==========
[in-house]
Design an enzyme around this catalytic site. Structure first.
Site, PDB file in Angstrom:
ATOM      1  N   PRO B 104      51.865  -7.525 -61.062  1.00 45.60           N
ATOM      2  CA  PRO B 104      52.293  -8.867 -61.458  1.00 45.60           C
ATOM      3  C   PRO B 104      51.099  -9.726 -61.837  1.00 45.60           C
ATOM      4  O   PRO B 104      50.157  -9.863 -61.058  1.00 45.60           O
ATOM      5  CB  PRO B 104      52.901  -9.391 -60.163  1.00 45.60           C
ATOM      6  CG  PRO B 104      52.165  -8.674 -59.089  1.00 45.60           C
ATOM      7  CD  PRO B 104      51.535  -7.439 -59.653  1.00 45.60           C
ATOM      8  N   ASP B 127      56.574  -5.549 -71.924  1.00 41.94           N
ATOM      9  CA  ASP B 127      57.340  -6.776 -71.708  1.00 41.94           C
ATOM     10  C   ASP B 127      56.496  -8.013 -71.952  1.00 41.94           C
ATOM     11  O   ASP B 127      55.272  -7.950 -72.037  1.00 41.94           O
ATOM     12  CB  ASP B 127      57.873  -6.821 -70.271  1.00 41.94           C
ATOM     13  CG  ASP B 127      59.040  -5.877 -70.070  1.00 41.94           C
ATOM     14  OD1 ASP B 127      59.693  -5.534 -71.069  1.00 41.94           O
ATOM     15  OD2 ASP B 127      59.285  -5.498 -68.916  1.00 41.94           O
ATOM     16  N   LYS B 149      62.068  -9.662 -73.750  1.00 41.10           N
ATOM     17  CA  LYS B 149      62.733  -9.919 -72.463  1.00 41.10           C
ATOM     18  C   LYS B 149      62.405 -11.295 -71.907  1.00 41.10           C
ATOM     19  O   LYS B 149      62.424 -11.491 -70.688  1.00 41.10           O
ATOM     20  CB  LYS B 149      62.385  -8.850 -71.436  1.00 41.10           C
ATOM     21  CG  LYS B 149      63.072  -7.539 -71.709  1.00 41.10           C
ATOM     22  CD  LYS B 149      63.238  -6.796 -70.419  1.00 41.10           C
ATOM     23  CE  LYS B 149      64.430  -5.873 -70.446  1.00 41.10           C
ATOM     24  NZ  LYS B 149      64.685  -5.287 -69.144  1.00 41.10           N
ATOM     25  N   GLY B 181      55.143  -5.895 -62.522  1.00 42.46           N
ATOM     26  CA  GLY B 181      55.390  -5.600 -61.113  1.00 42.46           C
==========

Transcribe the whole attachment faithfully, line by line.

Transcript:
[in-house]
Design an enzyme around this catalytic site. Structure first.
Site, PDB file in Angstrom:
ATOM      1  N   PRO B 104      51.865  -7.525 -61.062  1.00 45.60           N
ATOM      2  CA  PRO B 104      52.293  -8.867 -61.458  1.00 45.60           C
ATOM      3  C   PRO B 104      51.099  -9.726 -61.837  1.00 45.60           C
ATOM      4  O   PRO B 104      50.157  -9.863 -61.058  1.00 45.60           O
ATOM      5  CB  PRO B 104      52.901  -9.391 -60.163  1.00 45.60           C
ATOM      6  CG  PRO B 104      52.165  -8.674 -59.089  1.00 45.60           C
ATOM      7  CD  PRO B 104      51.535  -7.439 -59.653  1.00 45.60           C
ATOM      8  N   ASP B 127      56.574  -5.549 -71.924  1.00 41.94           N
ATOM      9  CA  ASP B 127      57.340  -6.776 -71.708  1.00 41.94           C
ATOM     10  C   ASP B 127      56.496  -8.013 -71.952  1.00 41.94           C
ATOM     11  O   ASP B 127      55.272  -7.950 -72.037  1.00 41.94           O
ATOM     12  CB  ASP B 127      57.873  -6.821 -70.271  1.00 41.94           C
ATOM     13  CG  ASP B 127      59.040  -5.877 -70.070  1.00 41.94           C
ATOM     14  OD1 ASP B 127      59.693  -5.534 -71.069  1.00 41.94           O
ATOM     15  OD2 ASP B 127      59.285  -5.498 -68.916  1.00 41.94           O
ATOM     16  N   LYS B 149      62.068  -9.662 -73.750  1.00 41.10           N
ATOM     17  CA  LYS B 149      62.733  -9.919 -72.463  1.00 41.10           C
ATOM     18  C   LYS B 149      62.405 -11.295 -71.907  1.00 41.10           C
ATOM     19  O   LYS B 149      62.424 -11.491 -70.688  1.00 41.10           O
ATOM     20  CB  LYS B 149      62.385  -8.850 -71.436  1.00 41.10           C
ATOM     21  CG  LYS B 149      63.072  -7.539 -71.709  1.00 41.10           C
ATOM     22  CD  LYS B 149      63.238  -6.796 -70.419  1.00 41.10           C
ATOM     23  CE  LYS B 149      64.430  -5.873 -70.446  1.00 41.10           C
ATOM     24  NZ  LYS B 149      64.685  -5.287 -69.144  1.00 41.10           N
ATOM     25  N   GLY B 181      55.143  -5.895 -62.522  1.00 42.46           N
ATOM     26  CA  GLY B 181      55.390  -5.600 -61.113  1.00 42.46           C